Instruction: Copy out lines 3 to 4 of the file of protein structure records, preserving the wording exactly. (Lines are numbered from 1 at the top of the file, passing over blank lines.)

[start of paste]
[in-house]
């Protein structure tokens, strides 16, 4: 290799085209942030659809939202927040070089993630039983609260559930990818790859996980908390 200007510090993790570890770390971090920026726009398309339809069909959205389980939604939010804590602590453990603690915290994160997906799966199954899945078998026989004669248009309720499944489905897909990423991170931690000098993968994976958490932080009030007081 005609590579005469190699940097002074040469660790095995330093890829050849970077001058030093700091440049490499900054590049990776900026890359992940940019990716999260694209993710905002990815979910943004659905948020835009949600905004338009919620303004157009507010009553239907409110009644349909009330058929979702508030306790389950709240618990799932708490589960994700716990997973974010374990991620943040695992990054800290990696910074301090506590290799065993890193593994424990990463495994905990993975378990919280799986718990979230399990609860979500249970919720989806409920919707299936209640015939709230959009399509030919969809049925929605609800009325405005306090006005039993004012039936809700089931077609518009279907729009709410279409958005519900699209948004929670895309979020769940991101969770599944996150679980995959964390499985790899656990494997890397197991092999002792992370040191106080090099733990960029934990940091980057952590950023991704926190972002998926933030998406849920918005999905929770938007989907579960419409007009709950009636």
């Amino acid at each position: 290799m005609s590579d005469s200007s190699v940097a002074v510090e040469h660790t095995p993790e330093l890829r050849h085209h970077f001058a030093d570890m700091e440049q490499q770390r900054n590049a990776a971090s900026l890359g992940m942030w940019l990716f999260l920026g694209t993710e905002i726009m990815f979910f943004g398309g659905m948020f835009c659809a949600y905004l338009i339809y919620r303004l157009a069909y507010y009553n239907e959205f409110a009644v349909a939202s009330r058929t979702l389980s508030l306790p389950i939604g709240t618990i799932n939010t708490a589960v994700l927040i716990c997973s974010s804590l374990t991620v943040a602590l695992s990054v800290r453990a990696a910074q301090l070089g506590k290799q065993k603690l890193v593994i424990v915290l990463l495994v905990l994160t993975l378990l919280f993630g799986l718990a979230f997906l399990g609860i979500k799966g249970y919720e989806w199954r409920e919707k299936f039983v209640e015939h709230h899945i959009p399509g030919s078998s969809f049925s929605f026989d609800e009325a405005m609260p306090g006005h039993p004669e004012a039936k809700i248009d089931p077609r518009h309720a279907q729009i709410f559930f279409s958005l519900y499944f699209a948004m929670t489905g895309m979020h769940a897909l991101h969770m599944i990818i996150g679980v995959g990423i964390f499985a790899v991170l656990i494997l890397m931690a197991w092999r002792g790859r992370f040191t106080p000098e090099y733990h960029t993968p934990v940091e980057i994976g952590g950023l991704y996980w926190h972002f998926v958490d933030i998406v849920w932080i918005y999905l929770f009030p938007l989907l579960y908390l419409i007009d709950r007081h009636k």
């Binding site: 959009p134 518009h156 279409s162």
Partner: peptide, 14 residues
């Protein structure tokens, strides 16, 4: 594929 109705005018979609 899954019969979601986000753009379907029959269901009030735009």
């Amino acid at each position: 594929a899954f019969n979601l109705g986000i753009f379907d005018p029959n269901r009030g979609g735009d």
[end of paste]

């Amino acid at each position: 290799m005609s590579d005469s200007s190699v940097a002074v510090e040469h660790t095995p993790e330093l890829r050849h085209h970077f001058a030093d570890m700091e440049q490499q770390r900054n590049a990776a971090s900026l890359g992940m942030w940019l990716f999260l920026g694209t993710e905002i726009m990815f979910f943004g398309g659905m948020f835009c659809a949600y905004l338009i339809y919620r303004l157009a069909y507010y009553n239907e959205f409110a009644v349909a939202s009330r058929t979702l389980s508030l306790p389950i939604g709240t618990i799932n939010t708490a589960v994700l927040i716990c997973s974010s804590l374990t991620v943040a602590l695992s990054v800290r453990a990696a910074q301090l070089g506590k290799q065993k603690l890193v593994i424990v915290l990463l495994v905990l994160t993975l378990l919280f993630g799986l718990a979230f997906l399990g609860i979500k799966g249970y919720e989806w199954r409920e919707k299936f039983v209640e015939h709230h899945i959009p399509g030919s078998s969809f049925s929605f026989d609800e009325a405005m609260p306090g006005h039993p004669e004012a039936k809700i248009d089931p077609r518009h309720a279907q729009i709410f559930f279409s958005l519900y499944f699209a948004m929670t489905g895309m979020h769940a897909l991101h969770m599944i990818i996150g679980v995959g990423i964390f499985a790899v991170l656990i494997l890397m931690a197991w092999r002792g790859r992370f040191t106080p000098e090099y733990h960029t993968p934990v940091e980057i994976g952590g950023l991704y996980w926190h972002f998926v958490d933030i998406v849920w932080i918005y999905l929770f009030p938007l989907l579960y908390l419409i007009d709950r007081h009636k």
């Binding site: 959009p134 518009h156 279409s162």